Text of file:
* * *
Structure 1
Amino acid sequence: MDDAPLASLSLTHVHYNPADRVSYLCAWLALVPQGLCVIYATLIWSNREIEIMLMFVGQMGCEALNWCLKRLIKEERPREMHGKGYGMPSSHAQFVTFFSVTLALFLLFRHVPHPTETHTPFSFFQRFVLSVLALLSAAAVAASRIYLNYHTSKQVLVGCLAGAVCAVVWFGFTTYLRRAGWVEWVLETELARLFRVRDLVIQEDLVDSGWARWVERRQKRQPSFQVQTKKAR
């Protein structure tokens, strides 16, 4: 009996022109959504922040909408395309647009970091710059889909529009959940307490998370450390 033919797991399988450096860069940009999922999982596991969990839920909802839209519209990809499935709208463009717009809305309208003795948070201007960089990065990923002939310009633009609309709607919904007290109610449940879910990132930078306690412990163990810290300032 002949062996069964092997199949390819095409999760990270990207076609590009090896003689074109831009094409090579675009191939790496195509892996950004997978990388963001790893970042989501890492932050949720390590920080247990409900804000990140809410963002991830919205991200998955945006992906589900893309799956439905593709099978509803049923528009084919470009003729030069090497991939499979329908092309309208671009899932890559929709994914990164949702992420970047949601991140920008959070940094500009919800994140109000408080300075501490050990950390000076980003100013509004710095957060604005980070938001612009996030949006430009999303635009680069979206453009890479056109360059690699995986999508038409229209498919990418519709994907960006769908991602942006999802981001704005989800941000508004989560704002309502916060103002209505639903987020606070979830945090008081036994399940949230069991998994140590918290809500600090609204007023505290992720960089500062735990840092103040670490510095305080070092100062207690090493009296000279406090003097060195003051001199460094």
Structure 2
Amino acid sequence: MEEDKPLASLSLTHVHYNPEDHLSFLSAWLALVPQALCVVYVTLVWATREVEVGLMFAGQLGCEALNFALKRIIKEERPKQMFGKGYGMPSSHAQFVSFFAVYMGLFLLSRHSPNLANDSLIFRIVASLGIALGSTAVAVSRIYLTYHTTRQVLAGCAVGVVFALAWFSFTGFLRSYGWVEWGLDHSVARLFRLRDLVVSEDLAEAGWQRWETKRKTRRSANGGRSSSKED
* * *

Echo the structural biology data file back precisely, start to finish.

Structure 1
Amino acid sequence: MDDAPLASLSLTHVHYNPADRVSYLCAWLALVPQGLCVIYATLIWSNREIEIMLMFVGQMGCEALNWCLKRLIKEERPREMHGKGYGMPSSHAQFVTFFSVTLALFLLFRHVPHPTETHTPFSFFQRFVLSVLALLSAAAVAASRIYLNYHTSKQVLVGCLAGAVCAVVWFGFTTYLRRAGWVEWVLETELARLFRVRDLVIQEDLVDSGWARWVERRQKRQPSFQVQTKKAR
């Protein structure tokens, strides 16, 4: 009996022109959504922040909408395309647009970091710059889909529009959940307490998370450390 033919797991399988450096860069940009999922999982596991969990839920909802839209519209990809499935709208463009717009809305309208003795948070201007960089990065990923002939310009633009609309709607919904007290109610449940879910990132930078306690412990163990810290300032 002949062996069964092997199949390819095409999760990270990207076609590009090896003689074109831009094409090579675009191939790496195509892996950004997978990388963001790893970042989501890492932050949720390590920080247990409900804000990140809410963002991830919205991200998955945006992906589900893309799956439905593709099978509803049923528009084919470009003729030069090497991939499979329908092309309208671009899932890559929709994914990164949702992420970047949601991140920008959070940094500009919800994140109000408080300075501490050990950390000076980003100013509004710095957060604005980070938001612009996030949006430009999303635009680069979206453009890479056109360059690699995986999508038409229209498919990418519709994907960006769908991602942006999802981001704005989800941000508004989560704002309502916060103002209505639903987020606070979830945090008081036994399940949230069991998994140590918290809500600090609204007023505290992720960089500062735990840092103040670490510095305080070092100062207690090493009296000279406090003097060195003051001199460094």
Structure 2
Amino acid sequence: MEEDKPLASLSLTHVHYNPEDHLSFLSAWLALVPQALCVVYVTLVWATREVEVGLMFAGQLGCEALNFALKRIIKEERPKQMFGKGYGMPSSHAQFVSFFAVYMGLFLLSRHSPNLANDSLIFRIVASLGIALGSTAVAVSRIYLTYHTTRQVLAGCAVGVVFALAWFSFTGFLRSYGWVEWGLDHSVARLFRLRDLVVSEDLAEAGWQRWETKRKTRRSANGGRSSSKED